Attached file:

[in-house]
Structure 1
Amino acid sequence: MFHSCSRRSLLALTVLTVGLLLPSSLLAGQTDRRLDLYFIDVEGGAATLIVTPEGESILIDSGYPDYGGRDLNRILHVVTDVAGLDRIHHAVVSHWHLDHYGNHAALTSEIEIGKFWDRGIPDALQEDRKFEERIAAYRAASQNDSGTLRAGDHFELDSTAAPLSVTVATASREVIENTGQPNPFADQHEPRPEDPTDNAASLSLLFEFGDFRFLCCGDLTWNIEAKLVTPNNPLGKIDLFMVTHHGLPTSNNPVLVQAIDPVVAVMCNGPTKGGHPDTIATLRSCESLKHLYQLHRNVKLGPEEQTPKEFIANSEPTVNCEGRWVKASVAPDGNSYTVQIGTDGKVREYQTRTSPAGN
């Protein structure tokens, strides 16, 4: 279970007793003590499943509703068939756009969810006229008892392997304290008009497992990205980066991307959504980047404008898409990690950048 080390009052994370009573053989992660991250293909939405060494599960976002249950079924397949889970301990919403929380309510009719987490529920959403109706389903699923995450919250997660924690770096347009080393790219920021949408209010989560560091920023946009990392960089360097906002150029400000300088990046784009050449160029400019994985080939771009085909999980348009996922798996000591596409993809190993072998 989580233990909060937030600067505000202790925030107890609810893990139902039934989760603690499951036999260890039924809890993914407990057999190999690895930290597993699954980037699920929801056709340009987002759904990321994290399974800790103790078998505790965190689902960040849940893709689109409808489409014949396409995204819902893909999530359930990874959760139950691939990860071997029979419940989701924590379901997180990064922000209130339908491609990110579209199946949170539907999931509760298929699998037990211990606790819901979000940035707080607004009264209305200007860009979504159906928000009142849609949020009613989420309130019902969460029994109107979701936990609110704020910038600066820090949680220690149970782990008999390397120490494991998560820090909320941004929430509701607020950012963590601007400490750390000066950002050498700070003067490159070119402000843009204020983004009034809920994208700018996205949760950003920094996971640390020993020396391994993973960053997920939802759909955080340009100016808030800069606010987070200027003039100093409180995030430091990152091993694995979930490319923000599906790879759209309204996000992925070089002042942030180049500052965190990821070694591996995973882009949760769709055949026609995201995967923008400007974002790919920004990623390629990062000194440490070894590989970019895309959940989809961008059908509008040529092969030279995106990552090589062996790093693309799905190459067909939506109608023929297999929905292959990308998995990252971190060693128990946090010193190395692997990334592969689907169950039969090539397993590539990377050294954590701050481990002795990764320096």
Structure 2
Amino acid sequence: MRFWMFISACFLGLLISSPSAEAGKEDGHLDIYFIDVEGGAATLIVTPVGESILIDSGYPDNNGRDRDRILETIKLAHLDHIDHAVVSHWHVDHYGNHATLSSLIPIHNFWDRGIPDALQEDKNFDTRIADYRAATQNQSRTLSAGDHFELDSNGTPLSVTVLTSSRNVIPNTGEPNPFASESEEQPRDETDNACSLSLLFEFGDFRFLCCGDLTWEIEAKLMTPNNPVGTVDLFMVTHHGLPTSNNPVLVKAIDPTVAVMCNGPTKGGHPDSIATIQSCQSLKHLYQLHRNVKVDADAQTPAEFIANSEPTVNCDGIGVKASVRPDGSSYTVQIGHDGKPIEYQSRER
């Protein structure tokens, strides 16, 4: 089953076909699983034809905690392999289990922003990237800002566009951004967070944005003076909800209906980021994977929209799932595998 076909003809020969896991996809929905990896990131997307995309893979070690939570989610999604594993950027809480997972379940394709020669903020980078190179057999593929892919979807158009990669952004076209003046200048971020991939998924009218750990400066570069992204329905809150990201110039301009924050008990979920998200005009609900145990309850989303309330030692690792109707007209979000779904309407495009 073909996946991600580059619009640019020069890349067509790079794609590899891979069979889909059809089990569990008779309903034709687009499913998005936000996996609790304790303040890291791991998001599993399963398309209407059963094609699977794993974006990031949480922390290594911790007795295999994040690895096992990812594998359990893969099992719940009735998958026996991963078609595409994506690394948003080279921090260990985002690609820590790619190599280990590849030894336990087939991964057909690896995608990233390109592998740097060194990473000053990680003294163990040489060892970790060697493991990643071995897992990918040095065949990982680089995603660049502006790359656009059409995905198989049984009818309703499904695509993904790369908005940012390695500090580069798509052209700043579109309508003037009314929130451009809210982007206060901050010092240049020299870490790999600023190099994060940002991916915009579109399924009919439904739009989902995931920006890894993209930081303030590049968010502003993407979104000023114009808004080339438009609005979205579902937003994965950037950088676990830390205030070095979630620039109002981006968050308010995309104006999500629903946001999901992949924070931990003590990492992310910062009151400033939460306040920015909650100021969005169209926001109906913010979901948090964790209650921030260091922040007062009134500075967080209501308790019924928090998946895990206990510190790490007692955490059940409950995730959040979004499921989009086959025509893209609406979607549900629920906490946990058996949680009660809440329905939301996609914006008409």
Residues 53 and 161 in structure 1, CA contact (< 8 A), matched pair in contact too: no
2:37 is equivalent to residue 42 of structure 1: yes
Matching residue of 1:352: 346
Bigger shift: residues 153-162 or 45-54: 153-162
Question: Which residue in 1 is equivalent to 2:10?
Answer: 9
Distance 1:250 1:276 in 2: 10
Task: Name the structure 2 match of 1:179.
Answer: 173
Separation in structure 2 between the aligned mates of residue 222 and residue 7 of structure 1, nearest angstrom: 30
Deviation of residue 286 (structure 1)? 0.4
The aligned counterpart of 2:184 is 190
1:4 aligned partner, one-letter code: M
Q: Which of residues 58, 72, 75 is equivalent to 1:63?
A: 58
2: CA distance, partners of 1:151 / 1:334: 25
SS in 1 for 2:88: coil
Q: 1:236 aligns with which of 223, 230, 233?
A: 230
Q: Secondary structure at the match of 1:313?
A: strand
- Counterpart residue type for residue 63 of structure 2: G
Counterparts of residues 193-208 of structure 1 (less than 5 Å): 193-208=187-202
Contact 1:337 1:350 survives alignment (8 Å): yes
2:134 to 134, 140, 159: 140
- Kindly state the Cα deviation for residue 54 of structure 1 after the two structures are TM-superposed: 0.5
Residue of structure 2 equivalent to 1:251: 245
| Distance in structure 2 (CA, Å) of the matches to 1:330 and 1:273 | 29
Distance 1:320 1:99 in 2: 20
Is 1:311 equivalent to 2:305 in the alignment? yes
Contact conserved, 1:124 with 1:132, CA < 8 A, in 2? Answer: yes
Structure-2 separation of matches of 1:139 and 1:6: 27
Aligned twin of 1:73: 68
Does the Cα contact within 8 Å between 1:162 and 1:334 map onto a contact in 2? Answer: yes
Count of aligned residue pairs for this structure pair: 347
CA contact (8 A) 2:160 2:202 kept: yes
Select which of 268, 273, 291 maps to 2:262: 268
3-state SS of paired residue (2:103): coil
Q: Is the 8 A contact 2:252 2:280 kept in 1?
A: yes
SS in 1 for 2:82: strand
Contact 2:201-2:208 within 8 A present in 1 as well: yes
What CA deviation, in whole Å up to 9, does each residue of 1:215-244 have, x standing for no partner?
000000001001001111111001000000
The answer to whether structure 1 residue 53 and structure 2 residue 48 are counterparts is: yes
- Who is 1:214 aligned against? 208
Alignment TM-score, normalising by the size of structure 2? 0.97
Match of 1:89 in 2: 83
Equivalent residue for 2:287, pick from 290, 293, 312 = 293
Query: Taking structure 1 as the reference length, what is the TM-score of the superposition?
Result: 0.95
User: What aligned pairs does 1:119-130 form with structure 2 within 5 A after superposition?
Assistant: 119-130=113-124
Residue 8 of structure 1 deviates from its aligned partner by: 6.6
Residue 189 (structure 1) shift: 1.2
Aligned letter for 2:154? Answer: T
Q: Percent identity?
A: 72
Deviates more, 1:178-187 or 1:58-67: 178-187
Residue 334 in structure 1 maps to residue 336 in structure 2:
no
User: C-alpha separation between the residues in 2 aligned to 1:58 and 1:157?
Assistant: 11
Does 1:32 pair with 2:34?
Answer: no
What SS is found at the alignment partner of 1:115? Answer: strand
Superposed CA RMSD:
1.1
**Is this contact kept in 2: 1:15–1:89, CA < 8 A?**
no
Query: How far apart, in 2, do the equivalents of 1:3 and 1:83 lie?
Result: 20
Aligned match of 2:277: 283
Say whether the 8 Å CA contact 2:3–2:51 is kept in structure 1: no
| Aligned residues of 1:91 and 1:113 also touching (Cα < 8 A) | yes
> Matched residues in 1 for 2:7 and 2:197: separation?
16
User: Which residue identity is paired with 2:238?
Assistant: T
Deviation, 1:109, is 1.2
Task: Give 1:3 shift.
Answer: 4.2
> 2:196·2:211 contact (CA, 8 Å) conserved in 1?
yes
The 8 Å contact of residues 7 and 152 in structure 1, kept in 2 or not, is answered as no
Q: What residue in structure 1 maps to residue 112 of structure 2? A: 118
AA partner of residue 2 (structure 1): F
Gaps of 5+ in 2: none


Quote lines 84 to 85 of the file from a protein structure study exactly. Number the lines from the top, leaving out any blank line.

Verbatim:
16
User: Which residue identity is paired with 2:238?